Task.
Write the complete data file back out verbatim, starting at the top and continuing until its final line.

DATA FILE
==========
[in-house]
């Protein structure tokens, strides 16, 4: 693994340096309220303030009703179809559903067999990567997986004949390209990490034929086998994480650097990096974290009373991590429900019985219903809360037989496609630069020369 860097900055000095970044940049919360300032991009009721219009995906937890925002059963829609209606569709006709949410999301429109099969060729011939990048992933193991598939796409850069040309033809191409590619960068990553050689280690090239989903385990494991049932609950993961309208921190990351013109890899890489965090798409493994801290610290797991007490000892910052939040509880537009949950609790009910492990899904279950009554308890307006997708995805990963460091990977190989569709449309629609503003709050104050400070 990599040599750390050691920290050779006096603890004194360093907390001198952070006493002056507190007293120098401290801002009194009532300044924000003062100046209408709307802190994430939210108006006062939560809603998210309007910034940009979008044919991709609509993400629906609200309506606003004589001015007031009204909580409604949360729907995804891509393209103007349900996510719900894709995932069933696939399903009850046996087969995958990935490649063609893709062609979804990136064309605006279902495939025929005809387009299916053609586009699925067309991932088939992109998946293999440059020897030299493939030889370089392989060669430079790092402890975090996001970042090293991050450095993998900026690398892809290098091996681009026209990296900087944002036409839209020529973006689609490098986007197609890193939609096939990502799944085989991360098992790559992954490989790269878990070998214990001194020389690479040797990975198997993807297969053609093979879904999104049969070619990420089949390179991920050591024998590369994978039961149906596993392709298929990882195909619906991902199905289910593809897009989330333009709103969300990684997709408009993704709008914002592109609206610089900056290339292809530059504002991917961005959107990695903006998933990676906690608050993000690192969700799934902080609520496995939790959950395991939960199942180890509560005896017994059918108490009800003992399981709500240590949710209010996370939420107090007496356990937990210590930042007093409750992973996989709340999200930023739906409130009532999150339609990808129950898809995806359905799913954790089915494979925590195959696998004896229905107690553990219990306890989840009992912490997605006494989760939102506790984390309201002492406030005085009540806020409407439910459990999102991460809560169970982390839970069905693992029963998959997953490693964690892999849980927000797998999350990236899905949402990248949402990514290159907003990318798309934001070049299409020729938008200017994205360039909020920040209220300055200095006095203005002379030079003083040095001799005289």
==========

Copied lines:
[in-house]
């Protein structure tokens, strides 16, 4: 693994340096309220303030009703179809559903067999990567997986004949390209990490034929086998994480650097990096974290009373991590429900019985219903809360037989496609630069020369 860097900055000095970044940049919360300032991009009721219009995906937890925002059963829609209606569709006709949410999301429109099969060729011939990048992933193991598939796409850069040309033809191409590619960068990553050689280690090239989903385990494991049932609950993961309208921190990351013109890899890489965090798409493994801290610290797991007490000892910052939040509880537009949950609790009910492990899904279950009554308890307006997708995805990963460091990977190989569709449309629609503003709050104050400070 990599040599750390050691920290050779006096603890004194360093907390001198952070006493002056507190007293120098401290801002009194009532300044924000003062100046209408709307802190994430939210108006006062939560809603998210309007910034940009979008044919991709609509993400629906609200309506606003004589001015007031009204909580409604949360729907995804891509393209103007349900996510719900894709995932069933696939399903009850046996087969995958990935490649063609893709062609979804990136064309605006279902495939025929005809387009299916053609586009699925067309991932088939992109998946293999440059020897030299493939030889370089392989060669430079790092402890975090996001970042090293991050450095993998900026690398892809290098091996681009026209990296900087944002036409839209020529973006689609490098986007197609890193939609096939990502799944085989991360098992790559992954490989790269878990070998214990001194020389690479040797990975198997993807297969053609093979879904999104049969070619990420089949390179991920050591024998590369994978039961149906596993392709298929990882195909619906991902199905289910593809897009989330333009709103969300990684997709408009993704709008914002592109609206610089900056290339292809530059504002991917961005959107990695903006998933990676906690608050993000690192969700799934902080609520496995939790959950395991939960199942180890509560005896017994059918108490009800003992399981709500240590949710209010996370939420107090007496356990937990210590930042007093409750992973996989709340999200930023739906409130009532999150339609990808129950898809995806359905799913954790089915494979925590195959696998004896229905107690553990219990306890989840009992912490997605006494989760939102506790984390309201002492406030005085009540806020409407439910459990999102991460809560169970982390839970069905693992029963998959997953490693964690892999849980927000797998999350990236899905949402990248949402990514290159907003990318798309934001070049299409020729938008200017994205360039909020920040209220300055200095006095203005002379030079003083040095001799005289």